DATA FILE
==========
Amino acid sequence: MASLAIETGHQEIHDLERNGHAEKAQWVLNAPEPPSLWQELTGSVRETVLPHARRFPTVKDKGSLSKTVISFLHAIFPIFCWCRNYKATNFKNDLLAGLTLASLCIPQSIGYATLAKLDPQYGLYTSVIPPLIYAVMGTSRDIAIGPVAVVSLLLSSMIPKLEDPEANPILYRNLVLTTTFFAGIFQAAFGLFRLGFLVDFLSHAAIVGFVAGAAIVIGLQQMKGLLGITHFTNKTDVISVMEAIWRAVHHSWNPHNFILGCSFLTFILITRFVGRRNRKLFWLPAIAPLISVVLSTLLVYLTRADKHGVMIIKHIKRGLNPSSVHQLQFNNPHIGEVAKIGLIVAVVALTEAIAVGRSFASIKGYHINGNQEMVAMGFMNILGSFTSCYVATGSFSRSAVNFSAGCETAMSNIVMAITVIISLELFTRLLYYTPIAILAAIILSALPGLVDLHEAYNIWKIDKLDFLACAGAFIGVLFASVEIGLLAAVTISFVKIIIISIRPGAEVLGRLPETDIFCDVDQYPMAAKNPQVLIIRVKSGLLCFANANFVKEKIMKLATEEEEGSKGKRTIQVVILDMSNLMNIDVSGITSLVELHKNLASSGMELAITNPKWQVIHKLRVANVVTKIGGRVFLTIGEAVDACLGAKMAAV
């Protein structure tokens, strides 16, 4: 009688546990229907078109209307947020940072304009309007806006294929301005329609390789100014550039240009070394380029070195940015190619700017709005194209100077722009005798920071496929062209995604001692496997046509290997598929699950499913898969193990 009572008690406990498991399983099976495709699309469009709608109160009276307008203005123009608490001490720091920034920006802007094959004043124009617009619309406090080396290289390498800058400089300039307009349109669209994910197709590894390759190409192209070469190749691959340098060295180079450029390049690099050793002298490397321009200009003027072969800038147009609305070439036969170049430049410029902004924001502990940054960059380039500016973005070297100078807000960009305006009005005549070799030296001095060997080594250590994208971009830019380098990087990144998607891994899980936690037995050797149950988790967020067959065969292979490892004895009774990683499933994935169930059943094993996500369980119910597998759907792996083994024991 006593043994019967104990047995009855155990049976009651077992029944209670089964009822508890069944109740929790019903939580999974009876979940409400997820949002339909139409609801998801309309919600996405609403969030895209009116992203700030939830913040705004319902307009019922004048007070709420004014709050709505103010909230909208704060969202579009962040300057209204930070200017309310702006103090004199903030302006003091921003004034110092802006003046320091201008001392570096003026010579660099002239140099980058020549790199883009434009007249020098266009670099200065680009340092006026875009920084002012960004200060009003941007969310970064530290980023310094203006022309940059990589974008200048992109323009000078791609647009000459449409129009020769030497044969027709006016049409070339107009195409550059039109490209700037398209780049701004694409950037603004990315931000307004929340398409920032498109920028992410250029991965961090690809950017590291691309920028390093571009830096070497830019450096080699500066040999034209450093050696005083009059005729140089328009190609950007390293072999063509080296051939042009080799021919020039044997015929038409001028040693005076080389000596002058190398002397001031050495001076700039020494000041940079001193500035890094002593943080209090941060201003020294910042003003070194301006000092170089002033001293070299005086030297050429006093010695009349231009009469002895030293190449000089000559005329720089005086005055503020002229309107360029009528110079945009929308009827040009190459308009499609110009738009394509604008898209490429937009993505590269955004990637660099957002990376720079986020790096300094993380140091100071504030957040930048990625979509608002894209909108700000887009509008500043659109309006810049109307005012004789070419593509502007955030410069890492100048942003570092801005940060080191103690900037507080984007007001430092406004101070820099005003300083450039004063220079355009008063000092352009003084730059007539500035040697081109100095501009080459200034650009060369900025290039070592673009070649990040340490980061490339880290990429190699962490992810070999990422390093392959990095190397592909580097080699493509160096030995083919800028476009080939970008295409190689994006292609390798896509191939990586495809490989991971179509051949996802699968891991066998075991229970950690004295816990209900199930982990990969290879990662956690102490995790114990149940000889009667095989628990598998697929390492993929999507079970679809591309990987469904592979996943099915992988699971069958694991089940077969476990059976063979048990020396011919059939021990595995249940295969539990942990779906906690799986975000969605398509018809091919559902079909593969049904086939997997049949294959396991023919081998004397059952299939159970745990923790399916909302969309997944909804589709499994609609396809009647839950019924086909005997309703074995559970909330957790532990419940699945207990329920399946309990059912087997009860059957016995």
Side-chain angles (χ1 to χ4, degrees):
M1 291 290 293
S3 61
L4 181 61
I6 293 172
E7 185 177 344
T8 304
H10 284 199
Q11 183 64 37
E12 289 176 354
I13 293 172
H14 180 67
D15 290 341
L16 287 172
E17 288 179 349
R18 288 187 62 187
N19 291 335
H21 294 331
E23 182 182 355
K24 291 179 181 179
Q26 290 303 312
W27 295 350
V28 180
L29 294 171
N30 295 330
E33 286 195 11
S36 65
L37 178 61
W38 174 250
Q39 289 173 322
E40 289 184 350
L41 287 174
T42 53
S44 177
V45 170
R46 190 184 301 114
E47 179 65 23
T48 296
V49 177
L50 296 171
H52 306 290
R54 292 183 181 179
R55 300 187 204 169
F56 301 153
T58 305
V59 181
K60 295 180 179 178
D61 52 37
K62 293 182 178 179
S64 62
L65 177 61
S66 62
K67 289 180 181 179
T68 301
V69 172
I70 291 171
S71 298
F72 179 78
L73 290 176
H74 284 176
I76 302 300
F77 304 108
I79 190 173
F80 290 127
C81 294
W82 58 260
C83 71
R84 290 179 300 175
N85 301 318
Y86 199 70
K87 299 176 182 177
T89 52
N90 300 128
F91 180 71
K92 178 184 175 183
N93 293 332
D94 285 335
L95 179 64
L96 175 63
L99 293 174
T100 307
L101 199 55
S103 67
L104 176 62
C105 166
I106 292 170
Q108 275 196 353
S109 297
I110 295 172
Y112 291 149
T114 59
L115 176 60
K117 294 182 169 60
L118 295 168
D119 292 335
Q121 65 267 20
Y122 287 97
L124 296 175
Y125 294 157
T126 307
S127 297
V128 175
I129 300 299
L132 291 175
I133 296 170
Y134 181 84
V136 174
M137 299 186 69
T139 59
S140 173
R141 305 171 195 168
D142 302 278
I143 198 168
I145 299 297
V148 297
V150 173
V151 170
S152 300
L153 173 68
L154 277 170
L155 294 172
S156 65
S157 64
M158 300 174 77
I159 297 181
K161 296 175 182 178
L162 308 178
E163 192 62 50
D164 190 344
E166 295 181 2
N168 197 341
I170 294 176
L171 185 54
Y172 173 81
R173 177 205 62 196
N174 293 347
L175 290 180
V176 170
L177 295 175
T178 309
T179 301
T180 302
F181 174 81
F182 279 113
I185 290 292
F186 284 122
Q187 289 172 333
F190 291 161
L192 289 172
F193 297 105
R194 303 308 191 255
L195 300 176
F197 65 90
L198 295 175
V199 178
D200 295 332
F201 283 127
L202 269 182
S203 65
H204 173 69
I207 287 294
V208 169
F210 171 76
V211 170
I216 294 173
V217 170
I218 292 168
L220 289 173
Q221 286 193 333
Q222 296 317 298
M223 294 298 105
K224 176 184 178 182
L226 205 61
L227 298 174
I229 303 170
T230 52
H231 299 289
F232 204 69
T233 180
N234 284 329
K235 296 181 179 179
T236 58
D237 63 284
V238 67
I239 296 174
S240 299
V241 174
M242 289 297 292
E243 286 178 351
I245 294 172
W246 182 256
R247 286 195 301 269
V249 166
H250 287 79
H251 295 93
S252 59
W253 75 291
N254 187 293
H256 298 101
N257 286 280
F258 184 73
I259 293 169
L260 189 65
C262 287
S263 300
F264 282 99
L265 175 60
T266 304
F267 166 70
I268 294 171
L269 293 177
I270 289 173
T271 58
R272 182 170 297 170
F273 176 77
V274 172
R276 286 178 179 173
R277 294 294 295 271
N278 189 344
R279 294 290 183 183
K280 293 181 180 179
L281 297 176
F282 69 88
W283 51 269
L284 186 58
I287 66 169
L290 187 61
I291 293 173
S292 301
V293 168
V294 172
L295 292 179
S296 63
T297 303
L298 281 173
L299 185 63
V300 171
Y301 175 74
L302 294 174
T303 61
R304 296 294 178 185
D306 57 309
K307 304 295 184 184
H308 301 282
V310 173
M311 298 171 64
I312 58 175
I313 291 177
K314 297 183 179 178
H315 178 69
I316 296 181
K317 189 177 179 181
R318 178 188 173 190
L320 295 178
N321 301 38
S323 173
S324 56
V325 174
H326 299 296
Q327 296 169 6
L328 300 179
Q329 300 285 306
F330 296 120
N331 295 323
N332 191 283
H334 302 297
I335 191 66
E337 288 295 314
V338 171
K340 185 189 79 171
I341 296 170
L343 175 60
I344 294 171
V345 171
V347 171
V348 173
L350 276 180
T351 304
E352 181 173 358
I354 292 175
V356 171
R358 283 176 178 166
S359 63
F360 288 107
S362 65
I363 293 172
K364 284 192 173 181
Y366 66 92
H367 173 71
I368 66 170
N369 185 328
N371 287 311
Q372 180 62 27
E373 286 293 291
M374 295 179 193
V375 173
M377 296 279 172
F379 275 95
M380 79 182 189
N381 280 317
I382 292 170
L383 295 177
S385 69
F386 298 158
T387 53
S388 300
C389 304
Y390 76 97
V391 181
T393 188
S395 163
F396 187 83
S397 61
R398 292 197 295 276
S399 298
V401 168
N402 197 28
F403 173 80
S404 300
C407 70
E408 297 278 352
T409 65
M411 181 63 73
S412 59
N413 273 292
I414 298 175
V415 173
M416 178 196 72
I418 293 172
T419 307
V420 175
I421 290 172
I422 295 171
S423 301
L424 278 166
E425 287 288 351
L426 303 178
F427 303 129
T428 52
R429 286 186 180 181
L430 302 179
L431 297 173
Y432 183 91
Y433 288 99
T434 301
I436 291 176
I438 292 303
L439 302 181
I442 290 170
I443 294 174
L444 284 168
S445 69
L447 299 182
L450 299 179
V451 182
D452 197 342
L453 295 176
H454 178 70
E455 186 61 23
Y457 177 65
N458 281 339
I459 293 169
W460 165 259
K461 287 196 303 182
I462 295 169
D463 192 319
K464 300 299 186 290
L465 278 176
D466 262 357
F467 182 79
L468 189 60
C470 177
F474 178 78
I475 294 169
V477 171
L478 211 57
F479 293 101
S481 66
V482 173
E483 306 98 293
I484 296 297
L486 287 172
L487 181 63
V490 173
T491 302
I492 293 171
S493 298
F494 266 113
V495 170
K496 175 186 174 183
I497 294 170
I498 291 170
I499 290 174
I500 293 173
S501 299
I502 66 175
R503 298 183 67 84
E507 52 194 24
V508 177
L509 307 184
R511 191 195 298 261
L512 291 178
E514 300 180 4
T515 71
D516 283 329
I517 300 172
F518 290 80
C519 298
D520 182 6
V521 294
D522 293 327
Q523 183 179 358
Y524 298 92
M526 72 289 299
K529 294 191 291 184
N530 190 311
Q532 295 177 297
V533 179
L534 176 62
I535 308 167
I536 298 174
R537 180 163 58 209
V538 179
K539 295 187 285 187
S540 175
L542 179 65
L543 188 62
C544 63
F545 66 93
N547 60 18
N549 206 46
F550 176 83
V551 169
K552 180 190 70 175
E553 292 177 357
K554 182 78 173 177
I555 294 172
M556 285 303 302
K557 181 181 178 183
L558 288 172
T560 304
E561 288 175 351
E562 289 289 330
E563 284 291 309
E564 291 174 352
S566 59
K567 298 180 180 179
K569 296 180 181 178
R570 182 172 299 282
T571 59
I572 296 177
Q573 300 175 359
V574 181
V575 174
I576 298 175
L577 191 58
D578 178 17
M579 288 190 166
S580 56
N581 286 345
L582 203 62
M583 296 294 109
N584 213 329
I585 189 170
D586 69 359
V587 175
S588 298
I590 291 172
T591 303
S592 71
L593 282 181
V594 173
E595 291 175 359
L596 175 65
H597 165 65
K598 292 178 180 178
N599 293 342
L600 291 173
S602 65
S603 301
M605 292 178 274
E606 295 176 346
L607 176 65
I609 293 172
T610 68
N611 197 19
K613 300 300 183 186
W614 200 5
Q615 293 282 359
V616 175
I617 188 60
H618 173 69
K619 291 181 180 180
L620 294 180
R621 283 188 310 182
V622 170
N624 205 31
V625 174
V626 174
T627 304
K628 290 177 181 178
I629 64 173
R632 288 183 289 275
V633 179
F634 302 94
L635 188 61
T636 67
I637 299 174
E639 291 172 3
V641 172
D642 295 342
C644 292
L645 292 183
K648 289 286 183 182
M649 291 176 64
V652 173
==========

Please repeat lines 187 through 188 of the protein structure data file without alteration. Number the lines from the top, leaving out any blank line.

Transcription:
I239 296 174
S240 299